Gitta-Maria Sjöberg – Verdi & Puccini Arias

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Aida – Ritorna vincitor; O patria mia
La Forza del Destino – Pace, pace mio Dio
Un Ballo in Maschera – Ecco l’orrido campo
Otello – Ave Maria
Don Carlo – Tu che le vanità
La bohème – Si, mi chiamano Mimi; Donde lieta usci
Turandot – Signore, ascolta; Tu, che di gel sei cinta
Tosca – Vissi d’arte
Manon Lescaut – Sola, perduta, abbandonata
Madama Butterfly – Un bel di vedremo; Con onor muore

Gitta-Maria Sjöberg (soprano)

Odense Symphony Orchestra
Matthias Aeschbacher

Recorded 24-26 November 2003 & 14-19 June 2004 in the Carl Nielsen Hall, Odense, Denmark

Reviewed by: Richard Nicholson

Reviewed: July 2007
Duration: 77 minutes

Gitta-Maria Sjöberg is not a newcomer. The Swedish soprano has an almost twenty-year-long career behind her, crowned by awards and acclaim, but this is her first recital record, one which showcases her best qualities and places her among the best lirico-spinto sopranos currently active.

The tone itself is dense, creamy and mordant; the attractive sound of Kiri Te Kanawa coupled with the theatrical intensity of Renata Scotto, a combination most recently heard in the voice of Julia Varady. Above the stave she projects climactic phrases without becoming strident, while her low register is eloquent but avoids hardness.

The first half of the programme is devoted to Verdi. There are few arias in the soprano repertoire to match Aida’s first in terms of the character’s radically evolving psychological state and there is always the risk that the interpretation may be too studied. In this case, I do hear a certain lack of spontaneity but a greater fault is flatness of pitch for at least half of its length. ‘O patria mia’ is preferable. Sjöberg conveys in the opening bars that Aida is terrified on her arrival at the Nile, isolated in this hostile environment. The gently subsiding phrases which form the bulk of the vocal lines have an inwardness about their utterance, with the words hovering on the velvety tone, while the passionate climactic bars are filled with vocal intensity, though at the expense of the delicacy expected by Verdi, in particular his dolce marking for the top C. Given that the passage from “Otello” is delivered in a constant mezza voce, this is disappointing (as is the absence of the ‘Willow Song’). The doubling of her descent from that note on the oboe is clumsy, casting doubt on the claims of the Odense Symphony Orchestra to be considered a first-class band.

She possesses a lively dramatic sense but resists the temptation to exaggerate. Amelia’s aria at the gallows often finds the prima donna declaring her arrival with imperious self-confidence (in Act One she has to slip into Ulrica’s cave inconspicuously). Sjöberg observes that, as with Aida, the character is actually frightened and superstitious at this location and conveys this in her delivery. Leonora’s sojourn in the cave adjacent to the monastery has left her listless and debilitated and Sjöberg reflects this in wan, grey tone for much of the aria from the final act. The gain in urgency when she suspects that her solitude is being intruded upon is even more effective.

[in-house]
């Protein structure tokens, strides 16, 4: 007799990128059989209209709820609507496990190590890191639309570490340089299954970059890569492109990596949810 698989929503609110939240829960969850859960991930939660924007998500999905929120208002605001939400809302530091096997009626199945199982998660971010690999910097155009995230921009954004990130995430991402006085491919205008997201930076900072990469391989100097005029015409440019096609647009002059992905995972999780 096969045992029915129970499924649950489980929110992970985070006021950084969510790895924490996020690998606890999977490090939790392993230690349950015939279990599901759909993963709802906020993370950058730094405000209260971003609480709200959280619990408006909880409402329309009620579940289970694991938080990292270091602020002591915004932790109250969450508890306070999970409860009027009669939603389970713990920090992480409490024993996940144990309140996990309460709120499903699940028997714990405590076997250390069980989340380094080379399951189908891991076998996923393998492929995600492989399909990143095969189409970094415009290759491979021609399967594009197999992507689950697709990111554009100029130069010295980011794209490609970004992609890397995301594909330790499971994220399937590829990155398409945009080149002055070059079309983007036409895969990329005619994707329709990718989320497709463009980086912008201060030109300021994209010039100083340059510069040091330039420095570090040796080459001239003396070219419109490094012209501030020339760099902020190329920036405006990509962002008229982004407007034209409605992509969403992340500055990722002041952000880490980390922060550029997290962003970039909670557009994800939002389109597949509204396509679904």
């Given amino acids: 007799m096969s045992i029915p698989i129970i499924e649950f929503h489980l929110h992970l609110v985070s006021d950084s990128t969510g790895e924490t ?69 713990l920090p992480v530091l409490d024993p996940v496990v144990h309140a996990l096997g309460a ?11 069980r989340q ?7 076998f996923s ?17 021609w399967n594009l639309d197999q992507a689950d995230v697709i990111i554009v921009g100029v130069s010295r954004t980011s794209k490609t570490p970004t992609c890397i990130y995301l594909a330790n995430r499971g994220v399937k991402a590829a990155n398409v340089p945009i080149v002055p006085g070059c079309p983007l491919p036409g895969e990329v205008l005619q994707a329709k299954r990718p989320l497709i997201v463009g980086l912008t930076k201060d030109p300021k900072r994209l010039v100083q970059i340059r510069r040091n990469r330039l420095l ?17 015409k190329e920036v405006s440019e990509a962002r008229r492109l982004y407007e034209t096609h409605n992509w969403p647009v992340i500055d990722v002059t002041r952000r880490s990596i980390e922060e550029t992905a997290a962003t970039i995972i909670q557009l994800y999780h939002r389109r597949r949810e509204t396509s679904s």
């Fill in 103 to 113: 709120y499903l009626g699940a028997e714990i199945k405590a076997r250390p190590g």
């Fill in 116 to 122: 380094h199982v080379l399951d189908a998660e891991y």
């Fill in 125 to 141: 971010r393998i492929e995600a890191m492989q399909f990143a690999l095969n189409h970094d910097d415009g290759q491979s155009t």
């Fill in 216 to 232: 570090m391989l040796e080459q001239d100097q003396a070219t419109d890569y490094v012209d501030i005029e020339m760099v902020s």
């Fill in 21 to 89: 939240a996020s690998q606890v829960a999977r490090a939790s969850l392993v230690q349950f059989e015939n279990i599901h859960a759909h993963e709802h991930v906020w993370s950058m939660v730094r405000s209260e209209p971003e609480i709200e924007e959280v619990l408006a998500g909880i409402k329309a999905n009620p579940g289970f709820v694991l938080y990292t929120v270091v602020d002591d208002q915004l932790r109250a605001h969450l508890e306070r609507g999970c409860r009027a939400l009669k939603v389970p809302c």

‘Tu che le vanita’ covers as large a musical range as the first “Aida” aria, though at a more comfortable pace. Sjöberg shows the breadth of phrasing needed for the opening and closing sections, the ability to withhold her voice and let the orchestra take the lead in recalling past experiences over her conversational utterances and to make the transition into agitation, concluding in a fateful chest voice.

Arguably Puccini is a less demanding composer than Verdi for the singer, assuming that she has the vocal resources: power, range and breath control. The characters are not drawn in such depth, nor does the music demand such subtle changes of expression. Sjöberg has the essential ingredients to cover the range from Liù through Cio-Cio San to Tosca. In fact the most hard-hitting musical line here is required by Manon Lescaut’s last act aria. Sjöberg easily encompasses the crude changes of mood, floating the tone at “terra di pace mi sembrava questa” and letting herself go in competition with the orchestra at “Ah! mia belta funesta” and “non voglio morir”.

The Swiss conductor Matthias Aeschbacher gives his forces their head in this piece but sets a dragging tempo for ‘Mi chiamano Mimi’. This gets the full tear-jerker treatment from the soprano, whose hesitancy in the first half sets off the outpouring of vernal warmth at “Ma, quando vien lo sgelo”. Mimi’s ‘Farewell’ is even better; with the singer appreciating the vital simplicity of Mimi and her concern for the little things, the “piccole cose”, the ring, prayer book and bonnet which she has left with Rodolfo. How beautifully poised is the delivery of the central word “bada” in this!

Liù’s two arias are also offered as evidence of a mature artist, the one full of luminous tone encased in demanding far-flung phrases, the other tightening the emotion at the climax as Liu delivers her final words before committing suicide. These performances enhance the music. The version of ‘Vissi d’arte’ which follows them has the opposite effect: the tempo is cloying, the style lachrymose, the climax vulgar. Fortunately Sjöberg offers much more distinguished singing as Cio-Cio San. A consistently inward first half and a strong portrayal of the geisha’s naiveté benefits from the precision of the verbal enunciation and makes the desperate outburst of optimism even more moving. The death scene has a high tessitura which never threatens to become unsteady but combines the singer’s vocal and dramatic skills in a suitable confirmation of an above-average recital. There are some misprints in the accompanying printed material.

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